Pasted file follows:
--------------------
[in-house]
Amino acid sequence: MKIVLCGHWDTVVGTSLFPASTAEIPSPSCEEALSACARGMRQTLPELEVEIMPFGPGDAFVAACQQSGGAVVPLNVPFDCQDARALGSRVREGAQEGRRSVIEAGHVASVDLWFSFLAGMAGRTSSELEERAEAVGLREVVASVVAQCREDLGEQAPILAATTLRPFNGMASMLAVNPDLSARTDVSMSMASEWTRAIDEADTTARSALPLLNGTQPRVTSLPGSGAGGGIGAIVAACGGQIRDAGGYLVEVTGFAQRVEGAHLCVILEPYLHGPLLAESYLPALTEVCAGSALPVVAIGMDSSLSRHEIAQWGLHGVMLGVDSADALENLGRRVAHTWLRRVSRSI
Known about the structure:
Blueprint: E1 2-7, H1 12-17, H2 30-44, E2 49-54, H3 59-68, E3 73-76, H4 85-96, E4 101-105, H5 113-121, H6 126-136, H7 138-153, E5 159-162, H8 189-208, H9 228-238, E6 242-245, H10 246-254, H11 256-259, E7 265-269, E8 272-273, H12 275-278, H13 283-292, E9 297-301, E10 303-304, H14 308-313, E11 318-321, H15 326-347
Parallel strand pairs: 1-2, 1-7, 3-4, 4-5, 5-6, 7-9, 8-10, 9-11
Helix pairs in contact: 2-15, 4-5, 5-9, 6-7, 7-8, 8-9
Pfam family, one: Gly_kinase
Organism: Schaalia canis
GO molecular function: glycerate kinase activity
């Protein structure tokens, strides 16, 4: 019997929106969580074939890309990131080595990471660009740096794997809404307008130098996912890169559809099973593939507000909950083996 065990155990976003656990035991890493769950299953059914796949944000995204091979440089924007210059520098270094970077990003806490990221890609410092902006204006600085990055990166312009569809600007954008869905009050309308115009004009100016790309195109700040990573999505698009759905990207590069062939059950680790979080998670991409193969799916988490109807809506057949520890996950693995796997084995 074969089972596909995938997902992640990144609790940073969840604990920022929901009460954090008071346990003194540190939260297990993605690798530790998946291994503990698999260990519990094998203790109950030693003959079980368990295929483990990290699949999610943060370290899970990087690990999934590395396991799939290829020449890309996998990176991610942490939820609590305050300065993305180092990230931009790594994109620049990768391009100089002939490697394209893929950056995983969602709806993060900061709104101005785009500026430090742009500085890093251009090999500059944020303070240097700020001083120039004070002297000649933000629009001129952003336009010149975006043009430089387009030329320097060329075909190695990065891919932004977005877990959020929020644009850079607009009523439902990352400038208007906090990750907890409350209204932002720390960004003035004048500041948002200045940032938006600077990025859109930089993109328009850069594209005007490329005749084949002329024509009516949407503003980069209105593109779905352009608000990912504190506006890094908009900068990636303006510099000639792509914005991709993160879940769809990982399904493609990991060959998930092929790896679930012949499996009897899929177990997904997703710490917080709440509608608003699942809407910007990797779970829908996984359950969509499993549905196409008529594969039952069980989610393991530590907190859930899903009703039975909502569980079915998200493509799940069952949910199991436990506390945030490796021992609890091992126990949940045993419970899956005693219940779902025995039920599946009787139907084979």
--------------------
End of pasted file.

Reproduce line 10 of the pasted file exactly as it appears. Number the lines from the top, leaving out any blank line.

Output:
């Protein structure tokens, strides 16, 4: 019997929106969580074939890309990131080595990471660009740096794997809404307008130098996912890169559809099973593939507000909950083996 065990155990976003656990035991890493769950299953059914796949944000995204091979440089924007210059520098270094970077990003806490990221890609410092902006204006600085990055990166312009569809600007954008869905009050309308115009004009100016790309195109700040990573999505698009759905990207590069062939059950680790979080998670991409193969799916988490109807809506057949520890996950693995796997084995 074969089972596909995938997902992640990144609790940073969840604990920022929901009460954090008071346990003194540190939260297990993605690798530790998946291994503990698999260990519990094998203790109950030693003959079980368990295929483990990290699949999610943060370290899970990087690990999934590395396991799939290829020449890309996998990176991610942490939820609590305050300065993305180092990230931009790594994109620049990768391009100089002939490697394209893929950056995983969602709806993060900061709104101005785009500026430090742009500085890093251009090999500059944020303070240097700020001083120039004070002297000649933000629009001129952003336009010149975006043009430089387009030329320097060329075909190695990065891919932004977005877990959020929020644009850079607009009523439902990352400038208007906090990750907890409350209204932002720390960004003035004048500041948002200045940032938006600077990025859109930089993109328009850069594209005007490329005749084949002329024509009516949407503003980069209105593109779905352009608000990912504190506006890094908009900068990636303006510099000639792509914005991709993160879940769809990982399904493609990991060959998930092929790896679930012949499996009897899929177990997904997703710490917080709440509608608003699942809407910007990797779970829908996984359950969509499993549905196409008529594969039952069980989610393991530590907190859930899903009703039975909502569980079915998200493509799940069952949910199991436990506390945030490796021992609890091992126990949940045993419970899956005693219940779902025995039920599946009787139907084979």